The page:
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Le divorce (2003)
Horrible Characters, Horrible Film
Roxeanne/Roxy (Naomi Watts) is an American in Paris. Pregnant, she is abandoned by her husband who decides he prefers his mistress, and the story unfolds as her family gets involved. Her sister Isabel (Kate Hudson) flies over to help her, the rest of her family hear about if from afar, and the husband's French side of the family try to deal with his mistakes and discuss how they can come out of the divorce on top, whilst avoiding the unspeakable subject of the affair.
The tag-line for Le Divorce is "A comedy of manners...both good and bad." Unfortunately, Le Divorce isn't a comedy. It's a problem riddled drama that mishandles the big issues, has little respect for its characters and is far, far too long. It kicks off with a perfectly OK beginning, introducing us to some unlikeable people saying unlikeable things. Roxeanne's parents care more for a painting than the happiness of one of their daughters - "our girls are thousands of miles away from and they should be home with us. That's the essentials," one of them says, before the conversation swiftly returns to an expensive painting she has in her Paris home. The Americans in Le Divorce equally appear to be commodities to be retrieved from the French - Watts's character seems abandoned by those who should care for her beyond using her as a pawn to gain the upper hand.
After finding out about his affair, Roxy rightly detests her husband, does not want to see him, even spend time in the same room as him, yet will not consider a divorce. It's almost as if the writer wants to continue to punish the character. She must be chastised for her American ideals in Paris, and indeed she does not get off lightly.
The sister, now in Paris consoling her sister, then sees the husband kissing another woman in a bar, and her reaction is to smile and then chat with him amiably whilst he rationalises his affair in a stereotypical French way - "she should understand. She is a poet." Meanwhile, Roxy is pregnant and alone. It's impossible to tell what message the film is trying to get across - that all French men follow their heart at the expense of duty and honour? That a charming accent justifies all actions. Perhaps. The actions of Isabel, however, are impossible to justify and the film doesn't even try.
First she decides to pursue the French uncle - why? A flirty line on liking "red meat," followed by a strange sideways transition in the editing and 3 minutes later she becomes his mistress, simultaneously continuing on a flirtatious courtship with a young Frenchman she slept with within a day or two of arrival. Meanwhile, as we know, Roxy is still pregnant and alone. The film is inherently shallow, glorying in its consumerism and appearances - opera, poetry recital, expensive paintings, designer handbags, lingerie, fine dining. The lack of confrontation is infuriating, revelations are merely glossed over, and nobody appears to say anything that an actual person would say dealing with these issues. The worst example of this is Roxy's failed suicide attempt, which is expertly glossed over. Isabel tells the family not to mention it, they don't, and Roxy, lying in a hospital bed with bandages on her wrist tells her husband that she blames herself for her decision making. Quick, move on, we have a great little scene with Stephen Fry as a Christie's buyer to get to! And off we go.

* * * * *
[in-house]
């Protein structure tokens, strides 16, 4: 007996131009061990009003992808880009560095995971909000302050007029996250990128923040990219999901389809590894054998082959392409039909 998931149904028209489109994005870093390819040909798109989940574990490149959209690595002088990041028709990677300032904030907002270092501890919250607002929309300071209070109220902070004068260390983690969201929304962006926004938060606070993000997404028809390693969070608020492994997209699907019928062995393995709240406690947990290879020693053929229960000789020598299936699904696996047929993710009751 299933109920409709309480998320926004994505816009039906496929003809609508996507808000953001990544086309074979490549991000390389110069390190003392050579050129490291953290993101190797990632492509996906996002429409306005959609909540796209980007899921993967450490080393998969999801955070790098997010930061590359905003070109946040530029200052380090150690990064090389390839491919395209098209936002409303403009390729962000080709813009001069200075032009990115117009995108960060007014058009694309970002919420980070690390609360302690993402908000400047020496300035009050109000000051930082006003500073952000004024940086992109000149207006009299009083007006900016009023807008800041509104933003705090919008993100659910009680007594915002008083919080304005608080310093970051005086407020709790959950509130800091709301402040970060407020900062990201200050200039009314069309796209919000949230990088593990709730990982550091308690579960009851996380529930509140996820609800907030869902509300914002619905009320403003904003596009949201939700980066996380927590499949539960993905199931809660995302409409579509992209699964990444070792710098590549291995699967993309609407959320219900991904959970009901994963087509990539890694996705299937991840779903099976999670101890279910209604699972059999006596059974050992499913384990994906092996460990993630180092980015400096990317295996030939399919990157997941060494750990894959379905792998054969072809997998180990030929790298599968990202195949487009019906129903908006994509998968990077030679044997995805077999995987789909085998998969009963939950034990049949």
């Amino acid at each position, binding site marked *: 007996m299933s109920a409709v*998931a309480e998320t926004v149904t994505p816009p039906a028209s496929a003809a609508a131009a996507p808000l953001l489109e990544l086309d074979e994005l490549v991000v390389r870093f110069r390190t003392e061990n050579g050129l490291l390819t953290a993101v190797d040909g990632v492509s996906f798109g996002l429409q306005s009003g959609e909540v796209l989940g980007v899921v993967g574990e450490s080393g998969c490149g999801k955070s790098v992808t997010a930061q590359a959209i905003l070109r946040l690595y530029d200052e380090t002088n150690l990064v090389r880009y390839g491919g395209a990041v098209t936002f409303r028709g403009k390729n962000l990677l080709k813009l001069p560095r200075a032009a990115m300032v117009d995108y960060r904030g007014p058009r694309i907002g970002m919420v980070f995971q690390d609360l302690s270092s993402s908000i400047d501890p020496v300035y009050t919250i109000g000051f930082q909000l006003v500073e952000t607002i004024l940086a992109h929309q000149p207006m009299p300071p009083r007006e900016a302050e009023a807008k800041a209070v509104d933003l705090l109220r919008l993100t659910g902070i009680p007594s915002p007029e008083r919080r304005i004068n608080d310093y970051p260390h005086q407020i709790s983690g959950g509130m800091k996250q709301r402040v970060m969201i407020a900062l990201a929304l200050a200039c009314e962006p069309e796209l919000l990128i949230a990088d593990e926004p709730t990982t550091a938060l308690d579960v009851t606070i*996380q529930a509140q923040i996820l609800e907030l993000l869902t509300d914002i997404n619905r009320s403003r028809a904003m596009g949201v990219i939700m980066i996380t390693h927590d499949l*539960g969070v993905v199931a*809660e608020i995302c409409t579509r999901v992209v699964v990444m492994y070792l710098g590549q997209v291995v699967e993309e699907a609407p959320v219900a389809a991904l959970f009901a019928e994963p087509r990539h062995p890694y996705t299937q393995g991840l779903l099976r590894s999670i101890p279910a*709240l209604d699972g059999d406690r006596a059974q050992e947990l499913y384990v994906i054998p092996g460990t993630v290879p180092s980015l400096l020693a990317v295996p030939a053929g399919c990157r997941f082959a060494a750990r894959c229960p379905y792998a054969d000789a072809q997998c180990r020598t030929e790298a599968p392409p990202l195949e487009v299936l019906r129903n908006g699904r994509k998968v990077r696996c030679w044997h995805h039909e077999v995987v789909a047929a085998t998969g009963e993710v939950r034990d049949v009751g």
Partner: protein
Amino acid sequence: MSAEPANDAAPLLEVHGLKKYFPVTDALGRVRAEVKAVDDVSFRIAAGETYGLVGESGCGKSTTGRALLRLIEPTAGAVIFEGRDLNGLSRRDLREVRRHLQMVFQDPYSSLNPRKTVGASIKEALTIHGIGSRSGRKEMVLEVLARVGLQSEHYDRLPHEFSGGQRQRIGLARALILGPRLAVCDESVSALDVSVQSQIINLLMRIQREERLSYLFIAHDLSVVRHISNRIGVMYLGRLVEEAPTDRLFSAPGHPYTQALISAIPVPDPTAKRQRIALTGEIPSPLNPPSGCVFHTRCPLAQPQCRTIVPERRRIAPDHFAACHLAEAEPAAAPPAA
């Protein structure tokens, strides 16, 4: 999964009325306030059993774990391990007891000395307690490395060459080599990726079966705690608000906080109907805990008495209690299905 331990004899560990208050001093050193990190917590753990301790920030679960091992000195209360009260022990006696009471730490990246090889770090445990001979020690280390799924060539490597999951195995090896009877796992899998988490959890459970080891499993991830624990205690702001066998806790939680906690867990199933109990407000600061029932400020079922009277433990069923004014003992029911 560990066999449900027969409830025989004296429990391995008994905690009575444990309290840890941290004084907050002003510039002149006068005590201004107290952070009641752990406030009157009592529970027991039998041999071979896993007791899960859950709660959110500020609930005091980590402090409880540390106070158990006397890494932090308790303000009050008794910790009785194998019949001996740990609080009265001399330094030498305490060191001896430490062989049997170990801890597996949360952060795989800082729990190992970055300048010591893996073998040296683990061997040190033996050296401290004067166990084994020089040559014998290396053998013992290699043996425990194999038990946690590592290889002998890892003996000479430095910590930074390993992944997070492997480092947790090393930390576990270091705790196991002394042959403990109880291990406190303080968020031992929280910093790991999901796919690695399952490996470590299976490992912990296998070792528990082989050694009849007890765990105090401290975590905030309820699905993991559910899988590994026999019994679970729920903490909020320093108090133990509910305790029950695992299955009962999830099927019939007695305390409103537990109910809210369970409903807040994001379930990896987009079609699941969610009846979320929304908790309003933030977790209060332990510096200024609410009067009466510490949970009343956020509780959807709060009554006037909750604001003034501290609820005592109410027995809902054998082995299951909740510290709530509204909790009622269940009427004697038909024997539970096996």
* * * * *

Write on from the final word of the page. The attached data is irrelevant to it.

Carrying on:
The change of pace and time is also difficult to follow or justify. Whilst at the start, the film seems to be taking one day at a time, it begins to jump several days, perhaps weeks, between scenes without any visuals clues that we've moved forward. Occasionally an increasingly more pregnant Roxy is shown side on so we're aware of some time passing, but generally it's a mess. Things occasionally pick up with the few scenes afforded to Matthew Modine's character. He's the husband of the mistress of the husband of Roxeanne, who seems unstable enough to spark some life into the entire film. Sadly, as in the scene in the bookshop, he is quickly ushered out of the frame again, only to return for an improbably contrived finale with a gun on the Eiffel Tower.
Yes, the weird ending - from drama to Hitchcockian suspense to a whimsical voice-over conclusion as the handbag, containing the gun, floats on the wind over Paris. It all feels a bit Sex and the City hearing Kate Hudson sum everything up into a neat little package. A horrible, superficial, meaningless package. And I hated it.